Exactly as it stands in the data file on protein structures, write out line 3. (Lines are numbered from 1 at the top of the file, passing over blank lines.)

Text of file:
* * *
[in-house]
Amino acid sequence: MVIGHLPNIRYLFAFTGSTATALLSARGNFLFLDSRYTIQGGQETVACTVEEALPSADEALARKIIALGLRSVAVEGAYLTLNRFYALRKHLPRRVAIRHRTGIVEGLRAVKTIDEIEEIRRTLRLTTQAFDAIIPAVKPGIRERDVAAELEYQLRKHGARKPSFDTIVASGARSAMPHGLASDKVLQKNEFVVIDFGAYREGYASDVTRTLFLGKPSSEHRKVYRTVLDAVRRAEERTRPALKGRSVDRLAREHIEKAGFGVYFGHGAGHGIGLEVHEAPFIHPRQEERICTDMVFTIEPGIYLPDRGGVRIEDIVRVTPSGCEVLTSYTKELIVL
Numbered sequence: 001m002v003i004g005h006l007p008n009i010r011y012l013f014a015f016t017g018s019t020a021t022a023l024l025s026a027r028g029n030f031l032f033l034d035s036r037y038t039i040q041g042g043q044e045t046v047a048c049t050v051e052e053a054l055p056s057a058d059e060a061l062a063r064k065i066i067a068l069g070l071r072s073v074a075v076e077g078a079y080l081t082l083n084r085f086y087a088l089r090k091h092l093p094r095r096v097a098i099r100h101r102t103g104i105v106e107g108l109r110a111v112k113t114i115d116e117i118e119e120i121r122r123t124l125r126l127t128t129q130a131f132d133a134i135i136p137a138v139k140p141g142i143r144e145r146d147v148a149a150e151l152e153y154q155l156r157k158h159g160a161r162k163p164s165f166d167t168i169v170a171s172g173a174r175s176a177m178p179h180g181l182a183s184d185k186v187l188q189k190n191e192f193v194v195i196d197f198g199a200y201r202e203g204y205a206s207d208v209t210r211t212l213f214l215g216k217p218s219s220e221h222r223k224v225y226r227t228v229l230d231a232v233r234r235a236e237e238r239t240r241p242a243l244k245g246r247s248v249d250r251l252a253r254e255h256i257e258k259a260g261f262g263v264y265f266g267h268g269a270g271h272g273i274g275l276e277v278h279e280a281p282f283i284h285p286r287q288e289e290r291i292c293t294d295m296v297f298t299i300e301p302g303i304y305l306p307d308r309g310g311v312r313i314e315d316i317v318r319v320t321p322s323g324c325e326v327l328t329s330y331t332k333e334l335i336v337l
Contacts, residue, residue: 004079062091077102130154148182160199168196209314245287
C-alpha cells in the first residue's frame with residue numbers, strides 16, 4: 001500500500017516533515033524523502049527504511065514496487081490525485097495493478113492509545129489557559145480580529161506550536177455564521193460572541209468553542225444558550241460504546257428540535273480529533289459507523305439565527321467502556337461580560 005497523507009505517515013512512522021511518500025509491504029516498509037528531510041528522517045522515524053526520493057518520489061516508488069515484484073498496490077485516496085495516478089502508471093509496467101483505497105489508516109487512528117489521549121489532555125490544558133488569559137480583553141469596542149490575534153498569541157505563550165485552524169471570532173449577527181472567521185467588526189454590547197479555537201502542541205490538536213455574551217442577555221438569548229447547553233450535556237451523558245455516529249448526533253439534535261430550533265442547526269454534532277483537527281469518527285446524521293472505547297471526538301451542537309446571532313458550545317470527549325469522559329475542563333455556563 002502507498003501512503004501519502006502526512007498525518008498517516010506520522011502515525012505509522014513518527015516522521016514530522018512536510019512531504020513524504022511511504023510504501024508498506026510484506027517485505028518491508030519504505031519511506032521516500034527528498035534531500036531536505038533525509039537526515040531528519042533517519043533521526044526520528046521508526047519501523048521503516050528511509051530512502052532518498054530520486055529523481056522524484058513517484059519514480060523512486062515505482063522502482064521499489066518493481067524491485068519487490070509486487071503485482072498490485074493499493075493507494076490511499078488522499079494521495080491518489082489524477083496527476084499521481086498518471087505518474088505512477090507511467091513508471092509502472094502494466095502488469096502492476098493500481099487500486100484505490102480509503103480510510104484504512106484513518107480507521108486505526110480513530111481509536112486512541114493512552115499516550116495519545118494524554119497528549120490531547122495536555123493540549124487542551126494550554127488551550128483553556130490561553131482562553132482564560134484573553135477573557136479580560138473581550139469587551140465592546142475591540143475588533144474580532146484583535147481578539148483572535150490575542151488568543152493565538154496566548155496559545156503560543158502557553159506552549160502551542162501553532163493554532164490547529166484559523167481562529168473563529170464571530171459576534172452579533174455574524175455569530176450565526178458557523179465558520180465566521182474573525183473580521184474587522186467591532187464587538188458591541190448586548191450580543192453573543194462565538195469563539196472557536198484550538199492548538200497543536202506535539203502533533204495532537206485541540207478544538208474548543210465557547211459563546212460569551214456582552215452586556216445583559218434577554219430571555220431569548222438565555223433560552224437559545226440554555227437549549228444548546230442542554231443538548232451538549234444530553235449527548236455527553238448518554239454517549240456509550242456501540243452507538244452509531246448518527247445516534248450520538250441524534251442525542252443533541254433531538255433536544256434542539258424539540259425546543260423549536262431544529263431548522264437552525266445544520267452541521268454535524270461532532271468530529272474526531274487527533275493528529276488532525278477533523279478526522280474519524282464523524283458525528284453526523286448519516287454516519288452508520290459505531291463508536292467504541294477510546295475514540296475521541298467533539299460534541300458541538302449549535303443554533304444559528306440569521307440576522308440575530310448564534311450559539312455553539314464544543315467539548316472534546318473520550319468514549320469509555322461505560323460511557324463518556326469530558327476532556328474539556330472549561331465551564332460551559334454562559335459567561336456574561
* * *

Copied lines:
Numbered sequence: 001m002v003i004g005h006l007p008n009i010r011y012l013f014a015f016t017g018s019t020a021t022a023l024l025s026a027r028g029n030f031l032f033l034d035s036r037y038t039i040q041g042g043q044e045t046v047a048c049t050v051e052e053a054l055p056s057a058d059e060a061l062a063r064k065i066i067a068l069g070l071r072s073v074a075v076e077g078a079y080l081t082l083n084r085f086y087a088l089r090k091h092l093p094r095r096v097a098i099r100h101r102t103g104i105v106e107g108l109r110a111v112k113t114i115d116e117i118e119e120i121r122r123t124l125r126l127t128t129q130a131f132d133a134i135i136p137a138v139k140p141g142i143r144e145r146d147v148a149a150e151l152e153y154q155l156r157k158h159g160a161r162k163p164s165f166d167t168i169v170a171s172g173a174r175s176a177m178p179h180g181l182a183s184d185k186v187l188q189k190n191e192f193v194v195i196d197f198g199a200y201r202e203g204y205a206s207d208v209t210r211t212l213f214l215g216k217p218s219s220e221h222r223k224v225y226r227t228v229l230d231a232v233r234r235a236e237e238r239t240r241p242a243l244k245g246r247s248v249d250r251l252a253r254e255h256i257e258k259a260g261f262g263v264y265f266g267h268g269a270g271h272g273i274g275l276e277v278h279e280a281p282f283i284h285p286r287q288e289e290r291i292c293t294d295m296v297f298t299i300e301p302g303i304y305l306p307d308r309g310g311v312r313i314e315d316i317v318r319v320t321p322s323g324c325e326v327l328t329s330y331t332k333e334l335i336v337l